Asobi Seksu (Highdive Annex, 4:10 p.m.)
The first truly interesting set of the day came from Asobi Seksu, whose crisp distortion clashed with Yuki Chikudate’s washed out vocals to create a narcotic effect. The band’s ample supply of volume and pounding drums from ex-Glassjaw member Larry Gorman ensured that a sufficient sense of distant foreboding remained to keep the crowd from collectively mainlining on shoegaze. When the band closed their punctual set with a Jesus and Mary Chain cover, the skies seemed to sense the undercurrents and threatened to rain, only to clear and the band left the stage.
Evil Tents (Exile on Main St., 4:30 p.m.)
I saw this band because of word-of-mouth and I’m glad that I did. I was able to escape the Polyvinyl craze for a bit and just chill out on the floor of Exile with some candles, sparse vocals, attentive melodies and guitar. The whole thing had a very sexy, sultry tempo and vibe, including “Rainy Day Girl,” a song about the model Twiggy.
Deathtram (Mike ‘N Molly’s, 5:00 p.m.)
When I wandered out of the Highdive in search of cheaper food, I walked by Deathtram kicking up an incredible racket (seriously, it was loud) to a large audience in the beer garden. Having jumped up the ladder from solo act to a two, four and now five piece ensemble, the band’s live show has moved from politely interesting to a full-on rock and roll experience.
These days, it’s a joy to see a straight-up rock and roll band. Deathtram was fantastic from start to finish.
STRFKR (Highdive Annex, 5:40 p.m.)
Despite courageously playing through some nasty sound problems, STRFKR simply suffered from a lack of energy and enthusiasm. They simply never fully got going, and the crowd never really started to move, despite their mastery of multiple instruments and ample beats.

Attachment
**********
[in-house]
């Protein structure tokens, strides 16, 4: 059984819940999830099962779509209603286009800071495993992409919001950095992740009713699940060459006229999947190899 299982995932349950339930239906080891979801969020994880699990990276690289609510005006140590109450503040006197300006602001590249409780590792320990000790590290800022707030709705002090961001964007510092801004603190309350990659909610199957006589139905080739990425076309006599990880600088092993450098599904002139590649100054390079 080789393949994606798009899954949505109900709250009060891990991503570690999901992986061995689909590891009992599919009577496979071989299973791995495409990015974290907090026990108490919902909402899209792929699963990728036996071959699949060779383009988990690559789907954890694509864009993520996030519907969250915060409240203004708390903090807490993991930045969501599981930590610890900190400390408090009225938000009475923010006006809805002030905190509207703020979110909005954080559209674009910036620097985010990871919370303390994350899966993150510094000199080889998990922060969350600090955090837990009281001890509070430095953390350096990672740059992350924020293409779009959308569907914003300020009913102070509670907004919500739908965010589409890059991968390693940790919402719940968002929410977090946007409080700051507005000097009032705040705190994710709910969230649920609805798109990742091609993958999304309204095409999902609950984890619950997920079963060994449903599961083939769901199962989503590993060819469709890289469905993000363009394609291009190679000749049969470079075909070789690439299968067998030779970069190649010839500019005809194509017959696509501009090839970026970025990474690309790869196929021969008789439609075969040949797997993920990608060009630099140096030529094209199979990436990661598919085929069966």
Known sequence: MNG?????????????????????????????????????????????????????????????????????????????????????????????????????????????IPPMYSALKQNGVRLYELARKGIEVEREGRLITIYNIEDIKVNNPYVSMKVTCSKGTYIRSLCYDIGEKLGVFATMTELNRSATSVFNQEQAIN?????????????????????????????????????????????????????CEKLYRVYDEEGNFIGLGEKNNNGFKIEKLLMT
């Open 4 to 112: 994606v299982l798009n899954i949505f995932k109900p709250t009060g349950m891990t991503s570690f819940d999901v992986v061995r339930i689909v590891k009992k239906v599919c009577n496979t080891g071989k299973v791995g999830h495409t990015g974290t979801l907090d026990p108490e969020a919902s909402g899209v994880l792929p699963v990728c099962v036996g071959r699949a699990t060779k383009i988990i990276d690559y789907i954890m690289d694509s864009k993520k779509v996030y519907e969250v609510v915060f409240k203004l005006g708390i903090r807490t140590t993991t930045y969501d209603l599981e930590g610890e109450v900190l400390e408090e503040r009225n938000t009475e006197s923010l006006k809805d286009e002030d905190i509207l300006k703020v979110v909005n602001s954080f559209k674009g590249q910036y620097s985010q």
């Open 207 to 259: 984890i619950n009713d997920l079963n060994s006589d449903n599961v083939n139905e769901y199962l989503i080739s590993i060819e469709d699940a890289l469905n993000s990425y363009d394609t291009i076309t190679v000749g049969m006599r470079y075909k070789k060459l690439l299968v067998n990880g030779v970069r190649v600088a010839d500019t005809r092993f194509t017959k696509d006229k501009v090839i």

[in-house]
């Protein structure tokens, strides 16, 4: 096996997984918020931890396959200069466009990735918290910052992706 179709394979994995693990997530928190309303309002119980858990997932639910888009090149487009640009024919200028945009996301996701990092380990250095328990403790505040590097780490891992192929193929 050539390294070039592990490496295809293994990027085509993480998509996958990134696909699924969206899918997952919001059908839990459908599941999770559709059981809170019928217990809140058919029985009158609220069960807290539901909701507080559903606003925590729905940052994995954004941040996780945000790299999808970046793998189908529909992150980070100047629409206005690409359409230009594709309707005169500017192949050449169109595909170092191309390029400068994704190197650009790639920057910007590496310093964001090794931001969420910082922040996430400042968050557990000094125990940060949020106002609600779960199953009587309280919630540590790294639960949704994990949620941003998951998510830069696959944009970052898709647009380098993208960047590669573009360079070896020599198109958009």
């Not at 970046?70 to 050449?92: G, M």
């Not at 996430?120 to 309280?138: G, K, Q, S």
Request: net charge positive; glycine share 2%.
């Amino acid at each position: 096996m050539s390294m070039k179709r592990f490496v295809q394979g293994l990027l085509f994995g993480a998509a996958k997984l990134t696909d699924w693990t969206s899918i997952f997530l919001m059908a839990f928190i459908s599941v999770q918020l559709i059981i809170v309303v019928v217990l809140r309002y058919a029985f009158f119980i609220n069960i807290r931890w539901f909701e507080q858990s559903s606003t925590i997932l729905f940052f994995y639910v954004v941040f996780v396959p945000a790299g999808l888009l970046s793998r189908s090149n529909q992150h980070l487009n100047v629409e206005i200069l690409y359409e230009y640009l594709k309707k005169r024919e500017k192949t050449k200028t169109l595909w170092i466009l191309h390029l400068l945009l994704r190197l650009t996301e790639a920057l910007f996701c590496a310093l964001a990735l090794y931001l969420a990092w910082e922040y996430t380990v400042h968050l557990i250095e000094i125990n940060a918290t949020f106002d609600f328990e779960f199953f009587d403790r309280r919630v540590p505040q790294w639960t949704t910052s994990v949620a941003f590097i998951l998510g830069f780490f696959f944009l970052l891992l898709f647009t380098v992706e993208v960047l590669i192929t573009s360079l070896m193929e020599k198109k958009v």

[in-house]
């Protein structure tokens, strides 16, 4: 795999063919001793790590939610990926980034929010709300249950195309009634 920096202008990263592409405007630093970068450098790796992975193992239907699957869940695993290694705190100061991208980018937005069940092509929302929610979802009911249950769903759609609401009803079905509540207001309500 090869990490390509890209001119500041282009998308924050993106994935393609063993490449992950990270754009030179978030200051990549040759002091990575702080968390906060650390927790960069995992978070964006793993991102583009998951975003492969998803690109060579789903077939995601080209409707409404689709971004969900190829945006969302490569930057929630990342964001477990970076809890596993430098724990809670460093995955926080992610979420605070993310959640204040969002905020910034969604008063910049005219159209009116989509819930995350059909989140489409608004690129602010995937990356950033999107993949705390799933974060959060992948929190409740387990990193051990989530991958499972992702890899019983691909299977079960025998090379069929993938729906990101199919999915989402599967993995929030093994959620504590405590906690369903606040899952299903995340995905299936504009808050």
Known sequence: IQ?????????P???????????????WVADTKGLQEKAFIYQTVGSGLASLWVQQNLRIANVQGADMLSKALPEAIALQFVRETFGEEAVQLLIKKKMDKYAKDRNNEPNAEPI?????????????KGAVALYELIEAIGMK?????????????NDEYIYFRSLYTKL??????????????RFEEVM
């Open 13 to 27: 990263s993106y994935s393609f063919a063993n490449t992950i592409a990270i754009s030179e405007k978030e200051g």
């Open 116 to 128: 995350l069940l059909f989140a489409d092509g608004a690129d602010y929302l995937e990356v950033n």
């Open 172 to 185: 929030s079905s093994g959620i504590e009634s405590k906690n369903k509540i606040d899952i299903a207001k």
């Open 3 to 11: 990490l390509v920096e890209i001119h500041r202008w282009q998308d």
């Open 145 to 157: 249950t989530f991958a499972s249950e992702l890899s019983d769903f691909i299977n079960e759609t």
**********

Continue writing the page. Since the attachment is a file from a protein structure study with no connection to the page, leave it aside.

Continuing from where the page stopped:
Xiu Xiu (Highdive Annex, 6:40 p.m.)
By far one of the strangest and somewhat scariest performances I have seen. I couldn’t look away during the set though. It was just plain weird and very German feeling to me. I think their stuff might work well in a John Waters film. I hope none of them are ever mad at me for any reason.
Japandroids (Highdive Annex, 7:50 p.m.)
The duo sucked me in with their energy and noise. It provided some escape to my Pygmalion “synthdoms” that I started to develop sometime Friday. It was nice to see something a little more straight-forward and I hadn’t really heard the word “fuck” as many times as Brian King (guitar, vocals) spit it out since I last watched The Big Lebowski. It also induced some good ol’ ponytail swinging fun from two dudes and a lady who were quite entertaining to watch. Good times.
Despite some pretty brutal sound problems and a broken drum stool early in their set, Japandroids blew through their set on the strength of their stage energy alone. After opening with a sequence of new songs, the band went into some older material such “Young Hearts Spark Fire” and “Rockers East Vancouver” that drew a massive crowd response. When they closed with a furious cover of the Gun Club’s “For the Love of Ivy”, we were rocking at maximum.